Cavity Quantum Electrodynamics Using Single Quantum Dot


Takehiko Tawara, Hidehiko Kamada, and Stephen Hughes*
Optical Science Laboratory, *Queen’s University

 Cavity quantum electrodynamics (cQED) has been intensively studied using a solid-state two-level system, and has found use for quantum information devices such as those employing nonlinearities generated by single photons and the quantum state exchange between light and matter. In solid-state cQED, however, the environment that surrounds a two-level system is quite different from that of an atom trapped in a vacuum, and so the interpretation of its optical response is abstruse [1]. In this study, we explore a novel optical response in solid-state cQED in weak and strong coupling regimes, and investigate the corresponding mechanisms.
 We used a self-assembled semiconductor quantum dot (QD) as a two-level system that is embedded in a 2D photonic crystal nanocavity. Figure 1 shows a series of PL spectra of a QD exciton (X) and the cavity mode (C) in a weak coupling regime. As the temperature increases, these two peaks experience a continuous redshift thereby reducing the relative energy separation. However, surprisingly, as the two peaks approach one another near the crossover, the cavity modes clearly undergo a blueshift toward the exciton resonance (mode attraction) [2]. In contrast, the PL spectrum in a strong coupling regime exhibits Rabi splitting with anti-crossing dispersion (Fig. 2). When the excitation power is increased, we observe that the Rabi splitting vanishes although anti-crossing is maintained. We analyzed both curious phenomena theoretically in weak and strong coupling regimes. As the result, we proved that these peculiar phenomena in solid-state cQED arise from the large exciton dephasing and the optical radiation characteristics of a 2D photonic crystal cavity [3].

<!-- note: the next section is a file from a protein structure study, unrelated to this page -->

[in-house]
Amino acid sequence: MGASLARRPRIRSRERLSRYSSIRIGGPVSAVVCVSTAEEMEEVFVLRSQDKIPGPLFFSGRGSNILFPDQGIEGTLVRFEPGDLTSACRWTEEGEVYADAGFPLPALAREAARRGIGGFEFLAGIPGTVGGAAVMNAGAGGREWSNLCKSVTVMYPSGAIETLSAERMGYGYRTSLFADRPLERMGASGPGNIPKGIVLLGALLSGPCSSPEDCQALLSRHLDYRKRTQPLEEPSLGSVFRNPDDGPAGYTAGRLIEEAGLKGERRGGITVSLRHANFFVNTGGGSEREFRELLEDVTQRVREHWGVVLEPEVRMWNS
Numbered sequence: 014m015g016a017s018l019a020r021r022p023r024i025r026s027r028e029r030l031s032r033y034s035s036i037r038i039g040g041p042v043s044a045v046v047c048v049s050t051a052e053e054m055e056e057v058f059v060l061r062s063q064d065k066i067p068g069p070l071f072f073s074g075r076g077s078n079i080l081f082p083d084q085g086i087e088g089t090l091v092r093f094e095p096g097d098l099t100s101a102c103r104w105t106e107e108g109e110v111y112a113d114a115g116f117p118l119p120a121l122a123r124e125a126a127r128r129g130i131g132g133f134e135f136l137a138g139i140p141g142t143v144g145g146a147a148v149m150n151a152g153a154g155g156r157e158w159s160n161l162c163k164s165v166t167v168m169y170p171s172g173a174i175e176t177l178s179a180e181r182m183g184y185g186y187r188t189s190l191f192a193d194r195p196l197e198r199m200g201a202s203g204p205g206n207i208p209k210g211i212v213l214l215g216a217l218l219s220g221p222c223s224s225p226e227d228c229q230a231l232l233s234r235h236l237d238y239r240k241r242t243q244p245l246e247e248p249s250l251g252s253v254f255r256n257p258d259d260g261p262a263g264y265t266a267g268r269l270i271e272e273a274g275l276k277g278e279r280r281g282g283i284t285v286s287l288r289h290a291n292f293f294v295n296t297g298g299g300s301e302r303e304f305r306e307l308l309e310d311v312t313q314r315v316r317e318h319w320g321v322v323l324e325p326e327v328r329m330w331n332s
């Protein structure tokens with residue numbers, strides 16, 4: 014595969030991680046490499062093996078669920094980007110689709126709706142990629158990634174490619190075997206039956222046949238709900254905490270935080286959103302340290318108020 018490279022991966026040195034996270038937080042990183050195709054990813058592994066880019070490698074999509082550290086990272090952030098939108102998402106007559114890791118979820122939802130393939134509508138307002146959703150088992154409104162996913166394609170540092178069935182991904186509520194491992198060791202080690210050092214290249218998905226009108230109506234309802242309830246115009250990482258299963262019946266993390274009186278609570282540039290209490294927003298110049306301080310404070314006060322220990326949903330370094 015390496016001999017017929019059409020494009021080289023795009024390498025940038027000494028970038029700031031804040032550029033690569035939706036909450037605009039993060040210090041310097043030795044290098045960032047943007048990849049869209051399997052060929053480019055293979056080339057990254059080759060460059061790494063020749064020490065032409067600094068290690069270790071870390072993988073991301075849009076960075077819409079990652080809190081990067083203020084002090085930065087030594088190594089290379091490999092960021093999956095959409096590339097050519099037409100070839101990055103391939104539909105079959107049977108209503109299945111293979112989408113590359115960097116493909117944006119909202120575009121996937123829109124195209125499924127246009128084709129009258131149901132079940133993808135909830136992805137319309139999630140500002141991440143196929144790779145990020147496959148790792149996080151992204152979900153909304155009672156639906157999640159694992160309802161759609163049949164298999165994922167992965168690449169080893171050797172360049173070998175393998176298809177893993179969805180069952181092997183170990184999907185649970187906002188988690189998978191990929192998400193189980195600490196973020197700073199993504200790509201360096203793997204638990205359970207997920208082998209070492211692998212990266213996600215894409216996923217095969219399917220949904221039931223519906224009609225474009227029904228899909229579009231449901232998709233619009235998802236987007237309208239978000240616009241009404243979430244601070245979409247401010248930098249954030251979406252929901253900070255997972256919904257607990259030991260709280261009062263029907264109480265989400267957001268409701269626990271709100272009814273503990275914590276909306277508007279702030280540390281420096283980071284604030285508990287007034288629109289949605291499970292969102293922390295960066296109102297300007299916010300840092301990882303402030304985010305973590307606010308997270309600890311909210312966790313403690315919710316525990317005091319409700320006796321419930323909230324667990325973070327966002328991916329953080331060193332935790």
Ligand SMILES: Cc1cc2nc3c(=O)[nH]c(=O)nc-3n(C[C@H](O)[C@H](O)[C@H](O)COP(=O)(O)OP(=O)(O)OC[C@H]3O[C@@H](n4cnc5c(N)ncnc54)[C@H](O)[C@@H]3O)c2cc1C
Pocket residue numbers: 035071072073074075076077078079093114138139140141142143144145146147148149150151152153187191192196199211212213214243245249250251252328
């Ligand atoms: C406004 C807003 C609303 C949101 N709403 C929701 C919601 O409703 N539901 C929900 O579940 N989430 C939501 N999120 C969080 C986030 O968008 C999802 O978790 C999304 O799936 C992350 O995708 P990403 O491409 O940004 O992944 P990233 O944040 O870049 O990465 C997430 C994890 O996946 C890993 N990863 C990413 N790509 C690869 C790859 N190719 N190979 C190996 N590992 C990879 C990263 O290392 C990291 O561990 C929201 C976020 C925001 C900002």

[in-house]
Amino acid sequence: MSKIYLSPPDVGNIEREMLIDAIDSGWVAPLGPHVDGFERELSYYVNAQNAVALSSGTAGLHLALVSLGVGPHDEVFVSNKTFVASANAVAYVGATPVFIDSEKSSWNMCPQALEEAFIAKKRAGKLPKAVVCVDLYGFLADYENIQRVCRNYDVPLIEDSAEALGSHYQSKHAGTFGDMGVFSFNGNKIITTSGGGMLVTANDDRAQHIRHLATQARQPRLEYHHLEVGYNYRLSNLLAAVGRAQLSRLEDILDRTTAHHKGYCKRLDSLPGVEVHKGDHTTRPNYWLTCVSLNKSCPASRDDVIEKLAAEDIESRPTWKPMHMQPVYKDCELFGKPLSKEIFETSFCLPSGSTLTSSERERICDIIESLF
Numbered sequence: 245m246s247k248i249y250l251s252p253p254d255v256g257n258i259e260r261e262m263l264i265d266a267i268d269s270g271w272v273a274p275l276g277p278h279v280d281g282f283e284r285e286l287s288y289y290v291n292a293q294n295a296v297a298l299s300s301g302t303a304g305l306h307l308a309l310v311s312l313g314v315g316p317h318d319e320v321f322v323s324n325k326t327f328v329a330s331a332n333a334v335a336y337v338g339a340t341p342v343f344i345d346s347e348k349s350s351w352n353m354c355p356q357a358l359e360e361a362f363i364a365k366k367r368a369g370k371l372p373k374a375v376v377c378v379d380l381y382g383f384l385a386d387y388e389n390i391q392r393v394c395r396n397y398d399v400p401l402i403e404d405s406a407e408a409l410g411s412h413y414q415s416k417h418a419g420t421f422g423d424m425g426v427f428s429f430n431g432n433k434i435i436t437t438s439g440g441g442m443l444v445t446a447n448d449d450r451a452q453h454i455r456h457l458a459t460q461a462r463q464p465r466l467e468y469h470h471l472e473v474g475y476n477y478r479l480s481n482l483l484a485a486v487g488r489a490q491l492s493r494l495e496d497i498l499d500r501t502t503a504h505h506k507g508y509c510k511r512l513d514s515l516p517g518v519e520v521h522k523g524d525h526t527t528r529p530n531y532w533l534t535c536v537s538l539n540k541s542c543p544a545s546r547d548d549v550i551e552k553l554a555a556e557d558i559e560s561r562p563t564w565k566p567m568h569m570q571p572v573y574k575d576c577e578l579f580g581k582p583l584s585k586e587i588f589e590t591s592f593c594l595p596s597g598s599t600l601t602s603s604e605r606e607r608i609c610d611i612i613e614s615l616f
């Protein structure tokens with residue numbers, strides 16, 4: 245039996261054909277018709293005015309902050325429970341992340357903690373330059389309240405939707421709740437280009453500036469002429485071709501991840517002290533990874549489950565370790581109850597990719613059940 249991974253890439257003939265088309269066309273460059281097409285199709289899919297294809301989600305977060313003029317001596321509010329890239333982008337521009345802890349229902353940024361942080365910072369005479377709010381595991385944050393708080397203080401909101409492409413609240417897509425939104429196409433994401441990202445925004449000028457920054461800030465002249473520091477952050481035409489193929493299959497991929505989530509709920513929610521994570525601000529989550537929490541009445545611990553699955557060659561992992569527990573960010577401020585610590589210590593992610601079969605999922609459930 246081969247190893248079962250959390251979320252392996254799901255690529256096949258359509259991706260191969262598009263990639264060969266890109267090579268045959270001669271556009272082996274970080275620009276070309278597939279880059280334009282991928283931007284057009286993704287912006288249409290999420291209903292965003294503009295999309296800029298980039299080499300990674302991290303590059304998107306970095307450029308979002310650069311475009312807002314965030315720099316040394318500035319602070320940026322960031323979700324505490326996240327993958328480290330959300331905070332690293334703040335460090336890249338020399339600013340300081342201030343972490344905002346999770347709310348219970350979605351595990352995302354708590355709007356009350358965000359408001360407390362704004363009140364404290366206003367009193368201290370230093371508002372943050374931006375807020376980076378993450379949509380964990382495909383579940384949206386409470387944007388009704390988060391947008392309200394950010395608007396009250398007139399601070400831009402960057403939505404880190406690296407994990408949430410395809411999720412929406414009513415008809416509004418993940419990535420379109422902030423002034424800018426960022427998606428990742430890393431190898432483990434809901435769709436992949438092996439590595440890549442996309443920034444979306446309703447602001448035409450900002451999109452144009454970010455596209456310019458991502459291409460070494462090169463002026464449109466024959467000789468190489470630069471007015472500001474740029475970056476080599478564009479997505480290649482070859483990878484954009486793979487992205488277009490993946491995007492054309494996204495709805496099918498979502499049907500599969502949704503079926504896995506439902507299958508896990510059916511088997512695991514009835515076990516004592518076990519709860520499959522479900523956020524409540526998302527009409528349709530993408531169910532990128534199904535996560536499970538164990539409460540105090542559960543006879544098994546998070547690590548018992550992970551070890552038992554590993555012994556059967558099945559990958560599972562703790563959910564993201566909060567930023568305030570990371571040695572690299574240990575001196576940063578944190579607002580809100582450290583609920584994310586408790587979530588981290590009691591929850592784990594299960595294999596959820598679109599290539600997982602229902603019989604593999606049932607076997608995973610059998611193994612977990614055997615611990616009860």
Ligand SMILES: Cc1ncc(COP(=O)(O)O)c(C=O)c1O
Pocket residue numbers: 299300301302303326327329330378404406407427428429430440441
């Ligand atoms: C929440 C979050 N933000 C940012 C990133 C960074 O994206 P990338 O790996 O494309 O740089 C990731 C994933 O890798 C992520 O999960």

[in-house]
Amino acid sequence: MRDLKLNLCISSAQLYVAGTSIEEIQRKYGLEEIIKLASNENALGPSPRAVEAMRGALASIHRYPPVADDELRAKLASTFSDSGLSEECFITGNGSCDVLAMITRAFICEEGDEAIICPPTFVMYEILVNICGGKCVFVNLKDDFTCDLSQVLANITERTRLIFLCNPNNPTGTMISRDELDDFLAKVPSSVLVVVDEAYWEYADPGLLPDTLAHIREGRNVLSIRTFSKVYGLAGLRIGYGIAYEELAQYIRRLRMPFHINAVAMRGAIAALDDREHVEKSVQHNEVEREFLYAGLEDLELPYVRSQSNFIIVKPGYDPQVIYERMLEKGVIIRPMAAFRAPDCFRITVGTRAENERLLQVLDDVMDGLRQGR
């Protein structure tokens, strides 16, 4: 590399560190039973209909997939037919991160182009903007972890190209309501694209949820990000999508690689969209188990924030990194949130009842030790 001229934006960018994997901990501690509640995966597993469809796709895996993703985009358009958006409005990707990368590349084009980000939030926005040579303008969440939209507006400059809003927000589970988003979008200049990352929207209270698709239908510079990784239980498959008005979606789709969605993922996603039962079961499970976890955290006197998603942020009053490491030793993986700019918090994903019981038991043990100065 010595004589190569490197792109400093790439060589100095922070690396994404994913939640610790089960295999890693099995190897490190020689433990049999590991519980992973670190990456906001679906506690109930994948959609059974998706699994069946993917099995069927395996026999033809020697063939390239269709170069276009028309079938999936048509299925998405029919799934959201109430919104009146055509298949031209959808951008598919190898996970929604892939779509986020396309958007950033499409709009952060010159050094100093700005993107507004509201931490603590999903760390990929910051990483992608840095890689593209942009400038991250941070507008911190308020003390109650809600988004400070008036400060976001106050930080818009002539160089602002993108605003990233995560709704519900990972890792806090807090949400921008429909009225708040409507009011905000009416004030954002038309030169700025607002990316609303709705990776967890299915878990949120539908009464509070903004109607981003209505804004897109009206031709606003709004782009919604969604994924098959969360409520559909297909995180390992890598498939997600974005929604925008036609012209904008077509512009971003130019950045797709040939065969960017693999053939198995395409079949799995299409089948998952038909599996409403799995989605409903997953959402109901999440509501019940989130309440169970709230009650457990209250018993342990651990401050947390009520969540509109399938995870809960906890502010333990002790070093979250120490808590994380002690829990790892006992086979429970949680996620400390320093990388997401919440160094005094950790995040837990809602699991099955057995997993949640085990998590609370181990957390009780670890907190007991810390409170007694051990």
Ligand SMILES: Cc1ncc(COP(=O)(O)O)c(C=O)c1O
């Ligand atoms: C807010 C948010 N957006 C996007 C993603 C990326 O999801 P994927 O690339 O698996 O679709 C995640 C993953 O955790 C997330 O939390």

This work was partially supported by the Strategic Information and Communications R&D Promotion Programme (SCOPE) of Japan.

[1] For example, K. Hennessy et al., Nature 445 (2007) 896.
[2] T. Tawara et al., Opt. Express 18 (2010) 2719.
[3] S. Hughes et al., Opt. Express 17 (2009) 3322.

Fig. 1. Series of PL spectra as a function of
temperature in weak coupling regime.
Fig. 2. PL color map and PL spectra at zero
detuning with various excitation powers
in strong coupling regime.

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